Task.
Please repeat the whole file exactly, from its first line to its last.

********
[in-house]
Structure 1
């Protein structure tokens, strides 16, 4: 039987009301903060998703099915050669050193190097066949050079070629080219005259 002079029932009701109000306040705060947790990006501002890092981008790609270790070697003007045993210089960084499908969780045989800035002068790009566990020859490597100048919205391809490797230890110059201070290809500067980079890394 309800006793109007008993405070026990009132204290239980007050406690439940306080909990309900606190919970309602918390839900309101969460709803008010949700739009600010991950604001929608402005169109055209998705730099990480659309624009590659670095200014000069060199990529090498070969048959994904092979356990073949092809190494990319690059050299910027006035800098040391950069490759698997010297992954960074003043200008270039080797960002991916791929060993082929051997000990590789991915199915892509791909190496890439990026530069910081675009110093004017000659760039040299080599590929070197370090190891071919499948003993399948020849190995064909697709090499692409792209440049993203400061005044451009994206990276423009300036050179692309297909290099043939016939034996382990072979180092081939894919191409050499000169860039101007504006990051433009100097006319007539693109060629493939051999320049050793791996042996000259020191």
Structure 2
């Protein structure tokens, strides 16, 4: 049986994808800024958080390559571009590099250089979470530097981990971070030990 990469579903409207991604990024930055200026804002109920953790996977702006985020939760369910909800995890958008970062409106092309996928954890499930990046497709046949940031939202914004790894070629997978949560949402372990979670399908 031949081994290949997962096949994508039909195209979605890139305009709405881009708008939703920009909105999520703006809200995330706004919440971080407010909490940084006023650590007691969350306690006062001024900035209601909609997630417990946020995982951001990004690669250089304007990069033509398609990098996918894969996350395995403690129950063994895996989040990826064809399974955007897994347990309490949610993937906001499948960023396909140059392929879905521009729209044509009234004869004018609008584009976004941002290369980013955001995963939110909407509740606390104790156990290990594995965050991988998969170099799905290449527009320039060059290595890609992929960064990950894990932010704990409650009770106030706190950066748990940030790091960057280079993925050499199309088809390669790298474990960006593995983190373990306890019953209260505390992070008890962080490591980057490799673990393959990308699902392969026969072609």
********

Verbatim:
[in-house]
Structure 1
């Protein structure tokens, strides 16, 4: 039987009301903060998703099915050669050193190097066949050079070629080219005259 002079029932009701109000306040705060947790990006501002890092981008790609270790070697003007045993210089960084499908969780045989800035002068790009566990020859490597100048919205391809490797230890110059201070290809500067980079890394 309800006793109007008993405070026990009132204290239980007050406690439940306080909990309900606190919970309602918390839900309101969460709803008010949700739009600010991950604001929608402005169109055209998705730099990480659309624009590659670095200014000069060199990529090498070969048959994904092979356990073949092809190494990319690059050299910027006035800098040391950069490759698997010297992954960074003043200008270039080797960002991916791929060993082929051997000990590789991915199915892509791909190496890439990026530069910081675009110093004017000659760039040299080599590929070197370090190891071919499948003993399948020849190995064909697709090499692409792209440049993203400061005044451009994206990276423009300036050179692309297909290099043939016939034996382990072979180092081939894919191409050499000169860039101007504006990051433009100097006319007539693109060629493939051999320049050793791996042996000259020191």
Structure 2
């Protein structure tokens, strides 16, 4: 049986994808800024958080390559571009590099250089979470530097981990971070030990 990469579903409207991604990024930055200026804002109920953790996977702006985020939760369910909800995890958008970062409106092309996928954890499930990046497709046949940031939202914004790894070629997978949560949402372990979670399908 031949081994290949997962096949994508039909195209979605890139305009709405881009708008939703920009909105999520703006809200995330706004919440971080407010909490940084006023650590007691969350306690006062001024900035209601909609997630417990946020995982951001990004690669250089304007990069033509398609990098996918894969996350395995403690129950063994895996989040990826064809399974955007897994347990309490949610993937906001499948960023396909140059392929879905521009729209044509009234004869004018609008584009976004941002290369980013955001995963939110909407509740606390104790156990290990594995965050991988998969170099799905290449527009320039060059290595890609992929960064990950894990932010704990409650009770106030706190950066748990940030790091960057280079993925050499199309088809390669790298474990960006593995983190373990306890019953209260505390992070008890962080490591980057490799673990393959990308699902392969026969072609």